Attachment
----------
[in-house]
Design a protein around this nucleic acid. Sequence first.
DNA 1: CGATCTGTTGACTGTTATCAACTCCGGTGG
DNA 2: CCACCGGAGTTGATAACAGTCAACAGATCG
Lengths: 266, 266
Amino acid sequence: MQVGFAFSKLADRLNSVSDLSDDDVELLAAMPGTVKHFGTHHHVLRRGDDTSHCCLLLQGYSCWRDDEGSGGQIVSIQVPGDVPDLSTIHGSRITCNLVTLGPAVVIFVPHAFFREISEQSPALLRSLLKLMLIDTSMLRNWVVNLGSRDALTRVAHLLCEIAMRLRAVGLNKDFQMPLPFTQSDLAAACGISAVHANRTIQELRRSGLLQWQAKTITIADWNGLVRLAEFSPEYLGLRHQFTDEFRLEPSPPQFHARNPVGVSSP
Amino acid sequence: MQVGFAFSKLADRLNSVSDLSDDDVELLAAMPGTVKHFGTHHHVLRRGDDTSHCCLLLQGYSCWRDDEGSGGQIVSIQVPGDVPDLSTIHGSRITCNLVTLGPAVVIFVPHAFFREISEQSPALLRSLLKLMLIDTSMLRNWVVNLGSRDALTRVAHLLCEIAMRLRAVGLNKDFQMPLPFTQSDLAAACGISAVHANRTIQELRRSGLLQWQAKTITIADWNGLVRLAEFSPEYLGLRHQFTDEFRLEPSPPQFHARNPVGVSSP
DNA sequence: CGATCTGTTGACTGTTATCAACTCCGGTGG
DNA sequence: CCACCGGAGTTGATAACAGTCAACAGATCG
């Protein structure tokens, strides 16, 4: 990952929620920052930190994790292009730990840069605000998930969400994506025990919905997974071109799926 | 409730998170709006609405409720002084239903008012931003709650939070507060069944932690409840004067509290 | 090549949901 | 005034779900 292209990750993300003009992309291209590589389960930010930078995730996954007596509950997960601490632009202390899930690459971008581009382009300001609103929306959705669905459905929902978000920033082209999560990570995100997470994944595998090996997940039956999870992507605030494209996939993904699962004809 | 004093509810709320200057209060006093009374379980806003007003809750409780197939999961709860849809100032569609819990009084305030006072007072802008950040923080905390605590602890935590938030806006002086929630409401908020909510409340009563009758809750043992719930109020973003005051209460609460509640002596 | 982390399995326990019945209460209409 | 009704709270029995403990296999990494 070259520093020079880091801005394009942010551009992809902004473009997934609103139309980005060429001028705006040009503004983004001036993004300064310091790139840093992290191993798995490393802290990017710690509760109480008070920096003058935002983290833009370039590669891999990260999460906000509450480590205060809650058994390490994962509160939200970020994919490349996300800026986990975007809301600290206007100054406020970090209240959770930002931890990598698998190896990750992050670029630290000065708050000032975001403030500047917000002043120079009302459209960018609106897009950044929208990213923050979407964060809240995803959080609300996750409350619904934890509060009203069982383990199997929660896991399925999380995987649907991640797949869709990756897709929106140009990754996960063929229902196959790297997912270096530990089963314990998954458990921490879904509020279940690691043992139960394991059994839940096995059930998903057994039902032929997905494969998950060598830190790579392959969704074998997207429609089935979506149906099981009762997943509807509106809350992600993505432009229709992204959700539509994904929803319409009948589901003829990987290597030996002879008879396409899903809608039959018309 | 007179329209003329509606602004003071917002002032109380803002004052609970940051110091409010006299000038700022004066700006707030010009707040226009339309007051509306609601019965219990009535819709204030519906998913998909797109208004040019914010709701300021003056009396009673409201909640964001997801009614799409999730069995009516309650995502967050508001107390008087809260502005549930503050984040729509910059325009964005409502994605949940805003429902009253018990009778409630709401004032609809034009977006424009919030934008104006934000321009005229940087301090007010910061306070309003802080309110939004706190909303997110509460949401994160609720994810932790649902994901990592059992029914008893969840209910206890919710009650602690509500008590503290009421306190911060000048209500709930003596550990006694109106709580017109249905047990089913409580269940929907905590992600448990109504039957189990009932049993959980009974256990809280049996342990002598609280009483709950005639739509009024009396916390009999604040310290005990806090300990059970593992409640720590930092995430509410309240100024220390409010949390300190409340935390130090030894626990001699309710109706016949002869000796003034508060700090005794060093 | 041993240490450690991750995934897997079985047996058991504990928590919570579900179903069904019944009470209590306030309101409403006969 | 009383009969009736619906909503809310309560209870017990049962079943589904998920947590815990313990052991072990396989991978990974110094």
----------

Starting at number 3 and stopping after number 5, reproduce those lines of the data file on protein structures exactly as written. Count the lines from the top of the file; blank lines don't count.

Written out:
DNA 1: CGATCTGTTGACTGTTATCAACTCCGGTGG
DNA 2: CCACCGGAGTTGATAACAGTCAACAGATCG
Lengths: 266, 266